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Pulpit politics

With Kerry at the altar, IRS rules need not apply

Pulpit politics
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The Kerry campaign's aggressive politicking in black churches in the final weeks of the presidential election landed some of those churches in hot water. Press accounts told of numerous campaign visits to churches in Cincinnati, Philadelphia, Miami, and elsewhere in Florida by Sen. John Kerry, Sen. John Edwards, Sen. Ted Kennedy, former presidential candidate Al Gore, Jesse Jackson, Al Sharpton, and others. The speeches, unabashedly partisan and fear-mongering, lambasted President Bush. In some of the pulpits, pastors openly endorsed Mr. Kerry and urged church members to vote for him.

Under federal tax law, it's OK for churches to encourage voter turnout, but endorsements and other partisan activities aimed at influencing an election are forbidden and can result in the loss of a church's tax-exempt status. Americans United for Separation of Church and State on Oct. 26 said it had sent complaint letters to the IRS about two churches: Mt. Airy Church of God in Christ in Philadelphia and Allen Temple AME church in Cincinnati. Other cases are under consideration.

At Mt. Airy, Pastor Ernest C. Morris followed Sen. Kennedy in the pulpit and said, "I can't tell you who to vote for, but I can tell you what my mamma told me last week: 'Stay out of the Bushes.'" The congregation roared with laughter. At Allen Temple, where Sen. Edwards had spoken, Pastor Donald H. Jordan, a Kerry backer, boasted: "I'm not worried about the law; I'm asking you to support him."

It can take years for the IRS to investigate a complaint, and its findings are confidential. Only one church in recent memory, a conservative one (The Church at Pierce Creek in New York), is known to have lost its exemption over partisan politics.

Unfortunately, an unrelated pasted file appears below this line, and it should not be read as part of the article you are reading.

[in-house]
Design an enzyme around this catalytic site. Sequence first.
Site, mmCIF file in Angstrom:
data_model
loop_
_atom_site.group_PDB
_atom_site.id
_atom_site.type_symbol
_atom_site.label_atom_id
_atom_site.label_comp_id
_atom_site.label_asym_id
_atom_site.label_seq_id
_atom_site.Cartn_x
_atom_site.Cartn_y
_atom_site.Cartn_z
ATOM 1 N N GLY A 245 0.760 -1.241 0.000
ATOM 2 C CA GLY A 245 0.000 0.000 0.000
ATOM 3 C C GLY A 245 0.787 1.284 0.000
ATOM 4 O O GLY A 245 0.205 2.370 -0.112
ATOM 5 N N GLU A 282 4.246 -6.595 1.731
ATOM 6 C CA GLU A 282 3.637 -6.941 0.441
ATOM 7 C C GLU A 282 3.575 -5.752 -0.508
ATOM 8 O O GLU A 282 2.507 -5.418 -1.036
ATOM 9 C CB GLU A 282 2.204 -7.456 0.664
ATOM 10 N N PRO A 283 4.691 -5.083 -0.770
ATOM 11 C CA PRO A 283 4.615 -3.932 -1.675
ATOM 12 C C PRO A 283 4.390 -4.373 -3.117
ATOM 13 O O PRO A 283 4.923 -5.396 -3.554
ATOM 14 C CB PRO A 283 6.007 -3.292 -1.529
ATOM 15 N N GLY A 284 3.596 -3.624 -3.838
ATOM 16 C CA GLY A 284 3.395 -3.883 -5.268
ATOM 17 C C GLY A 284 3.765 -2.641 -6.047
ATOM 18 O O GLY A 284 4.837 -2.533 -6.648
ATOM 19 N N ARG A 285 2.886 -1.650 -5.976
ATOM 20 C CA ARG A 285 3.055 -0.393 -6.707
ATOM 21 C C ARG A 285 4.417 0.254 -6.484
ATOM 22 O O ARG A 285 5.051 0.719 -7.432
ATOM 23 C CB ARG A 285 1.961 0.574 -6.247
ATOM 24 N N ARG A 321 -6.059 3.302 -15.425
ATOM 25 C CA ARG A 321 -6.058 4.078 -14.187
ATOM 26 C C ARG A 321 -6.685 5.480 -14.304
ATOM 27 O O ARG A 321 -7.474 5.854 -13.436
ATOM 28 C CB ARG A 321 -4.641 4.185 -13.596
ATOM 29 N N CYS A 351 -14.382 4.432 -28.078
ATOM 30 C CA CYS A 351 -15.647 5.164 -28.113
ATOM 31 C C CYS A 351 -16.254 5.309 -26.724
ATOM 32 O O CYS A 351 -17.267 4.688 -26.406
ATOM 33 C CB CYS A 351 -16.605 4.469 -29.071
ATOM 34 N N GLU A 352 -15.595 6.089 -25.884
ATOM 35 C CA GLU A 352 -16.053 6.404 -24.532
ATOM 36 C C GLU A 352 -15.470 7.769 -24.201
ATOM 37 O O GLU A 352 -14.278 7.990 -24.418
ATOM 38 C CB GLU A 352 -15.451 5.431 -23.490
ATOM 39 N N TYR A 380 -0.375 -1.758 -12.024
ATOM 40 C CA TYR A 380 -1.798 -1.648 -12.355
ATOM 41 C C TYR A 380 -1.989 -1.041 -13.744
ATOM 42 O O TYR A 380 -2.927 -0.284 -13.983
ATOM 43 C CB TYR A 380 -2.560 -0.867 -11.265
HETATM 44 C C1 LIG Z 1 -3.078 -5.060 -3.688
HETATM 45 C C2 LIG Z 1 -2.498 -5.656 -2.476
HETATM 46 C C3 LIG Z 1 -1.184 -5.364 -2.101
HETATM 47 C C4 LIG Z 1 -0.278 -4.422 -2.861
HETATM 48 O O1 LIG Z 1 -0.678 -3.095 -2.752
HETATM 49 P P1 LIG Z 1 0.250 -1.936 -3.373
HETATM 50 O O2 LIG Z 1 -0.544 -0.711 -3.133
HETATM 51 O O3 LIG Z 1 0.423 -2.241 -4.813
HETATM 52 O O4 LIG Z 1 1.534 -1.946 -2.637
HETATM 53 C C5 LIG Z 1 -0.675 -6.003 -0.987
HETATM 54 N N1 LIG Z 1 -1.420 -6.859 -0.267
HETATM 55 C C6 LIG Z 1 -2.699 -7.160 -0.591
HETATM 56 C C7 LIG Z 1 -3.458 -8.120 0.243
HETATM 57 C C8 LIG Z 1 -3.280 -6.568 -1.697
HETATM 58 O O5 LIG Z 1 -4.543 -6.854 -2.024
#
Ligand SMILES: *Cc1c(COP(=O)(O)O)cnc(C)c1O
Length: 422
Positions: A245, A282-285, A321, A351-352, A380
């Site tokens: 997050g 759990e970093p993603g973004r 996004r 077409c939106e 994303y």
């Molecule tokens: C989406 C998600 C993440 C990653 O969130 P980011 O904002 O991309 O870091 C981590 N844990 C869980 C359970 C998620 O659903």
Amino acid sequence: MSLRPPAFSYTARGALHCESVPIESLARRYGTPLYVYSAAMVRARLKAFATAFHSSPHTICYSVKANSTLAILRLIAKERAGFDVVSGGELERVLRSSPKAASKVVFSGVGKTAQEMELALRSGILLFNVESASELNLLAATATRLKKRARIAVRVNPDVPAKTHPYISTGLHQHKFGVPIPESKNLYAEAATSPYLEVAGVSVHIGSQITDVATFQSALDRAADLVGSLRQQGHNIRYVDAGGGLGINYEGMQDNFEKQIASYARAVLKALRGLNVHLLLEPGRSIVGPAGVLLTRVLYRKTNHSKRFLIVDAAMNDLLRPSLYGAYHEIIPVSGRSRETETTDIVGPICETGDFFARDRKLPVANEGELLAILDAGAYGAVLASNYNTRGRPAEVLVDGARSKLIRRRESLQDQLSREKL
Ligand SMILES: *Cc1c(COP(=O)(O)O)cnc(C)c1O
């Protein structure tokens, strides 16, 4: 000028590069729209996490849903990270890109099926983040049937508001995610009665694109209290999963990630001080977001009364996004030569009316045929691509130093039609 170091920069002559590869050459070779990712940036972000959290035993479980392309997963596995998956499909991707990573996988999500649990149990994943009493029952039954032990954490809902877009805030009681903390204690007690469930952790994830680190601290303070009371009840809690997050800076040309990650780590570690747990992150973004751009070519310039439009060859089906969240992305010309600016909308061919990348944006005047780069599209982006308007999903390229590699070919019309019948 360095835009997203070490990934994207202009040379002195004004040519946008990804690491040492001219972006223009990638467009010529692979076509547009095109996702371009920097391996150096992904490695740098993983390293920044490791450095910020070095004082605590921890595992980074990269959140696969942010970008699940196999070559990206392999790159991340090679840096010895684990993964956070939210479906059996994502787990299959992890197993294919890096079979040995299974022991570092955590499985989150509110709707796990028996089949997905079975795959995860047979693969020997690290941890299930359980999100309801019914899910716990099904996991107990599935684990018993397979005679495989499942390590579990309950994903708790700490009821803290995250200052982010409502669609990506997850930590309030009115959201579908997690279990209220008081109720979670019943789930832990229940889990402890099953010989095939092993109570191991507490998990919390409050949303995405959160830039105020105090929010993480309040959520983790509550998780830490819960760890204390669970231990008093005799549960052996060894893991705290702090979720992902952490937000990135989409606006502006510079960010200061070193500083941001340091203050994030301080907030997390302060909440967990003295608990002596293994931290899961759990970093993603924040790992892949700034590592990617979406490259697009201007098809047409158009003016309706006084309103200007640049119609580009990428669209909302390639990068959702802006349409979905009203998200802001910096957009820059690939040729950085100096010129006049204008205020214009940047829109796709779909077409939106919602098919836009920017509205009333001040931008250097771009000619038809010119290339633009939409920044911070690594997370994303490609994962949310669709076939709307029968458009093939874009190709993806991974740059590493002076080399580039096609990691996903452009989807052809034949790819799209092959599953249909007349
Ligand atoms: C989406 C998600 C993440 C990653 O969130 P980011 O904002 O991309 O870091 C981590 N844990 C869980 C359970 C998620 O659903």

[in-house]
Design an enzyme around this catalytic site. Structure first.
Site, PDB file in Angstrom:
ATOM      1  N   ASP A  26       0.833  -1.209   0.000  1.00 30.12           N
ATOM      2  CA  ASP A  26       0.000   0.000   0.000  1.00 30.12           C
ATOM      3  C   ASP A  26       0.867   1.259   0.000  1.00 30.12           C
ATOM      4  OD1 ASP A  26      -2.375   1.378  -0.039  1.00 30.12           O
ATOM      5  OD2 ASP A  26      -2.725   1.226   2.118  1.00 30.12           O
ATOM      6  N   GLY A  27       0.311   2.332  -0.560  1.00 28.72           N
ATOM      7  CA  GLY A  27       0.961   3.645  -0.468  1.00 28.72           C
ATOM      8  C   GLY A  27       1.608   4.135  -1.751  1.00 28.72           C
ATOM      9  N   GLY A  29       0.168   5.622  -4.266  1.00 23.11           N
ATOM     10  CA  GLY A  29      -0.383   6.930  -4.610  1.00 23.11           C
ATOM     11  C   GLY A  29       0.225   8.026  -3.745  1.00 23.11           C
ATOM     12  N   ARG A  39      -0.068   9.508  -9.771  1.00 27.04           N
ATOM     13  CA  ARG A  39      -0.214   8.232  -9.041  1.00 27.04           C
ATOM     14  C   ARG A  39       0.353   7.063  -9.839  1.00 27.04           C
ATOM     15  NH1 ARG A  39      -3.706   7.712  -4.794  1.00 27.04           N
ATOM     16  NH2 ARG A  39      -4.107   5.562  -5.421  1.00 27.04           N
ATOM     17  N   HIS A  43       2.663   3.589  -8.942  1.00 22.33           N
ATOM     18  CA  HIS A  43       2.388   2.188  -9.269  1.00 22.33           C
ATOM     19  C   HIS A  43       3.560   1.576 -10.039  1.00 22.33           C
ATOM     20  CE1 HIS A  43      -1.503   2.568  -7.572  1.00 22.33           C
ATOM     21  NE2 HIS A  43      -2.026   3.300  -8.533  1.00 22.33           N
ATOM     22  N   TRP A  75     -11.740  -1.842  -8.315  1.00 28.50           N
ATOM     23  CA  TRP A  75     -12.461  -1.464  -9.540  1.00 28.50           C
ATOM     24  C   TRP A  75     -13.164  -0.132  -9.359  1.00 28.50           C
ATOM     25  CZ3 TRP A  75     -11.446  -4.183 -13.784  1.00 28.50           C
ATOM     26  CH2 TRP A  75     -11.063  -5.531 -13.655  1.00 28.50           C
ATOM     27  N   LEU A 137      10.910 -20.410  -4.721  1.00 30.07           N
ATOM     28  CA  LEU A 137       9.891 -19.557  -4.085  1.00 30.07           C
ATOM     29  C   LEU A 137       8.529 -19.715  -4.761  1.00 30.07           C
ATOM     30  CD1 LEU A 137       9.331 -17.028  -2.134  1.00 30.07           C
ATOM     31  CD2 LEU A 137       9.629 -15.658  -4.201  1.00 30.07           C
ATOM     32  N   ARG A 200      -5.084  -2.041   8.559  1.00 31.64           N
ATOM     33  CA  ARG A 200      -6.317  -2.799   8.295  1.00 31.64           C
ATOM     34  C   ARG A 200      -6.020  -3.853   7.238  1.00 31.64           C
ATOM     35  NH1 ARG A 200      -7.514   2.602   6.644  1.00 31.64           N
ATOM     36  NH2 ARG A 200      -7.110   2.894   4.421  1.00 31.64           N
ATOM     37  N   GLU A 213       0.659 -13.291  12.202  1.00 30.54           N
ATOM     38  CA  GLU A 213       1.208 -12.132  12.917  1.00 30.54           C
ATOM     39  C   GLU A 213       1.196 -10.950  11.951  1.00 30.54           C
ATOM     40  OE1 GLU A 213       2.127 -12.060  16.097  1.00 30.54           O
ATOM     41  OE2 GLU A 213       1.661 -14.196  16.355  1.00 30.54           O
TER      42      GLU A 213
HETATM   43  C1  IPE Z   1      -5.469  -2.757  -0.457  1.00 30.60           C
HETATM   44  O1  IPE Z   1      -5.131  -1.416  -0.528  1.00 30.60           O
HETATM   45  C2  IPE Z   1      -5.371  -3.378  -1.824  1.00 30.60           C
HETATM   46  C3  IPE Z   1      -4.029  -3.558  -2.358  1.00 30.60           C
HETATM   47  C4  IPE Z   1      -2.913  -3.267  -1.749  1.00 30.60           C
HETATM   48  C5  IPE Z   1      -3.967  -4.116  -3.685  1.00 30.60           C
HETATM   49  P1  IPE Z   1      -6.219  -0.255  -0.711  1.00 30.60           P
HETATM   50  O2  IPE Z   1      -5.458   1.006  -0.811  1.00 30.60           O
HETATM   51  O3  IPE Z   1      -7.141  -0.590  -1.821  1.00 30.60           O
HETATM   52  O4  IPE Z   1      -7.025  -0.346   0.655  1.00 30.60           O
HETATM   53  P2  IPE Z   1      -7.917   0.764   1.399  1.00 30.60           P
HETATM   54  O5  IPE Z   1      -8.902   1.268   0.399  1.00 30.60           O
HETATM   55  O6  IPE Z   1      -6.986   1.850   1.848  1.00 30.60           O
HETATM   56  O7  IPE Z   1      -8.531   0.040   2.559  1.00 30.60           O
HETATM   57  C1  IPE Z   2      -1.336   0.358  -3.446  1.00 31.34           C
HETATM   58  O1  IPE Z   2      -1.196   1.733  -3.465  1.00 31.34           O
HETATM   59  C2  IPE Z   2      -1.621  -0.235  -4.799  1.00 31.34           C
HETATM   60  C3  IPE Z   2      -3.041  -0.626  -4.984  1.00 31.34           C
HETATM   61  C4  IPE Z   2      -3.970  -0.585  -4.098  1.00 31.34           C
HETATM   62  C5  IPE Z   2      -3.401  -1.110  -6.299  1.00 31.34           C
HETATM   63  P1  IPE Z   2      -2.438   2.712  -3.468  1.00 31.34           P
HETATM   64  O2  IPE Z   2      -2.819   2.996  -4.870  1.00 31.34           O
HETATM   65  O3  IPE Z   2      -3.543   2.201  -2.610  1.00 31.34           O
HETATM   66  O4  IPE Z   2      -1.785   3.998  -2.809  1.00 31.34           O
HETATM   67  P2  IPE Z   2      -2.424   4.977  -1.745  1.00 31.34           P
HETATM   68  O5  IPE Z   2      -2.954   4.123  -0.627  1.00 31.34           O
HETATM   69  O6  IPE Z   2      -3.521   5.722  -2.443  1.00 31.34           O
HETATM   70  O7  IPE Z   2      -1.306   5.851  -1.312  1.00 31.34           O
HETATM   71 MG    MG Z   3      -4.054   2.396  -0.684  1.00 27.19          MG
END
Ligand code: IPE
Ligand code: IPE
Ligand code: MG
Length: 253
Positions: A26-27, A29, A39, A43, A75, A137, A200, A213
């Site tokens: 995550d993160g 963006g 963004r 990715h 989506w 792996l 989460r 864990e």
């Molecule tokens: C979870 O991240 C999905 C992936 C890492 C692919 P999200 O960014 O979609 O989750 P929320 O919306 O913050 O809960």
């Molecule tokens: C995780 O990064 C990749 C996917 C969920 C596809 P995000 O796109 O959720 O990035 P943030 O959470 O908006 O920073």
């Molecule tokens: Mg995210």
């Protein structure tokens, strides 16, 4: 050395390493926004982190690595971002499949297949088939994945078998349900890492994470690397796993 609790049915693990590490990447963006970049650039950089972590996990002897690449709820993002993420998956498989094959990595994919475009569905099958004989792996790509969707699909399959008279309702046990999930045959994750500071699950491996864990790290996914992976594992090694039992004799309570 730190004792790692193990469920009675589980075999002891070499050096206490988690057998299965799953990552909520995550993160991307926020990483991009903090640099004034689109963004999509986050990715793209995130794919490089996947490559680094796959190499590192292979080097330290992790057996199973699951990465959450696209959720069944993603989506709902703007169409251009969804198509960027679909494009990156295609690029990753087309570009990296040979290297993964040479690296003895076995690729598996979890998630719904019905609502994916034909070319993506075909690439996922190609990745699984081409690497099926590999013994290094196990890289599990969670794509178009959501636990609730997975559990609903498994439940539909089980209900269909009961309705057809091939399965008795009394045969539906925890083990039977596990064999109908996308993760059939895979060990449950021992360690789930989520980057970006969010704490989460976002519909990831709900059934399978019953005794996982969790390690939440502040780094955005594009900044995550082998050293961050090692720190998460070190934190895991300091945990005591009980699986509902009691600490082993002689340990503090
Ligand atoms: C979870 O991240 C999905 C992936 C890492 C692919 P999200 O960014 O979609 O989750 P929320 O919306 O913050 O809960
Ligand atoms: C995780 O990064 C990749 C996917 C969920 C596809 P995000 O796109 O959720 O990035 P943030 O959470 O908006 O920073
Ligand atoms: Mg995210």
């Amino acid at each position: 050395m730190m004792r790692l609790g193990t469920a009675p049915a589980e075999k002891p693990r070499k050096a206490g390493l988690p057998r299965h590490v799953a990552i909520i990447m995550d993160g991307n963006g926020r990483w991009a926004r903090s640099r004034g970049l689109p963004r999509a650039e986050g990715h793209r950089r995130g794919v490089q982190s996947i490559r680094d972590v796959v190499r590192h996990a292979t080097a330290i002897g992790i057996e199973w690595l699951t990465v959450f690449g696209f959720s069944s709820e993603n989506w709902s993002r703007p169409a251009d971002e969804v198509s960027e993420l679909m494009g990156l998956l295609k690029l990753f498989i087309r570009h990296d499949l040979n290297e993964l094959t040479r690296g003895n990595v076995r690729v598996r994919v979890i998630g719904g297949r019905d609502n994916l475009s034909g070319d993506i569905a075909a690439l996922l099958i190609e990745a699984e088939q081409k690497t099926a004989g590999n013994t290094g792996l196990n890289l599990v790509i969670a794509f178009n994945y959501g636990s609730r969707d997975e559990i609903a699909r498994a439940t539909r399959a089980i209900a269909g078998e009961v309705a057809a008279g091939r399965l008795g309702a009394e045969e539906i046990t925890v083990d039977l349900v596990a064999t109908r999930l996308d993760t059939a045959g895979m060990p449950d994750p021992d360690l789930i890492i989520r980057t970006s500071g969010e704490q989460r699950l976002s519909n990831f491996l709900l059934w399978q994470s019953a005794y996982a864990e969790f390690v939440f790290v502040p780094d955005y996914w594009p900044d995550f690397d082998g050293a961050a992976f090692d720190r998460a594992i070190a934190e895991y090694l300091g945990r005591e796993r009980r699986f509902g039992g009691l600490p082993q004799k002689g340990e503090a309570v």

Proposed legislation in Congress, H.R. 235, would abolish the tax law provisions in the name of freedom of speech and religion. But "it's not going anywhere," Americans United spokesman Rob Boston told WORLD.

Religion briefs

• In a first, the 8th Circuit U.S. Court of Appeals ruled last month that public-school teachers have the right to participate in the Good News Club immediately after school on the same campus where they teach during the day. The case involved elementary teacher Barbara Wigg, who volunteered to lead the club for Child Evangelism Fellowship. Officials at the school in Sioux Falls, S.D., forbade her doing so on constitutional grounds.

• Presiding Bishop Frank Griswold of the Episcopal Church (ECUSA) told reporters in London that he believed he was right in consecrating V. Gene Robinson, a practicing homosexual, as a bishop last year, and that he "probably" would do it again. His was among initial reactions to a compromise nonbinding report on the unity crisis over biblical authority in the worldwide Anglican Communion. Conservatives lamented the report's failure to enforce traditional Anglican teachings regarding human sexuality. The conservative Anglican Communion Network and American Anglican Council in ECUSA issued a joint statement rejecting the report's key positions. "We cannot in good conscience . . . support such unity at the expense of truth," they declared.

• Members of Maranatha Church in Ambon City in Indonesia's Moluccas province discovered at least 15 homemade bombs in a suitcase at the end of a service on Oct. 22. Police defused them. Two days earlier, similar devices were found at Silo Church, the oldest and largest Protestant church in the city. Muslims have clashed with Christians in the province since 1999, resulting in more than 5,000 deaths and 500,000 refugees. A shaky peace accord took effect in 2002, but sporadic attacks on Christians and churches persist.

Edward E. Plowman

Ed (1931–2018) was a WORLD reporter. Read Marvin Olasky's tribute.


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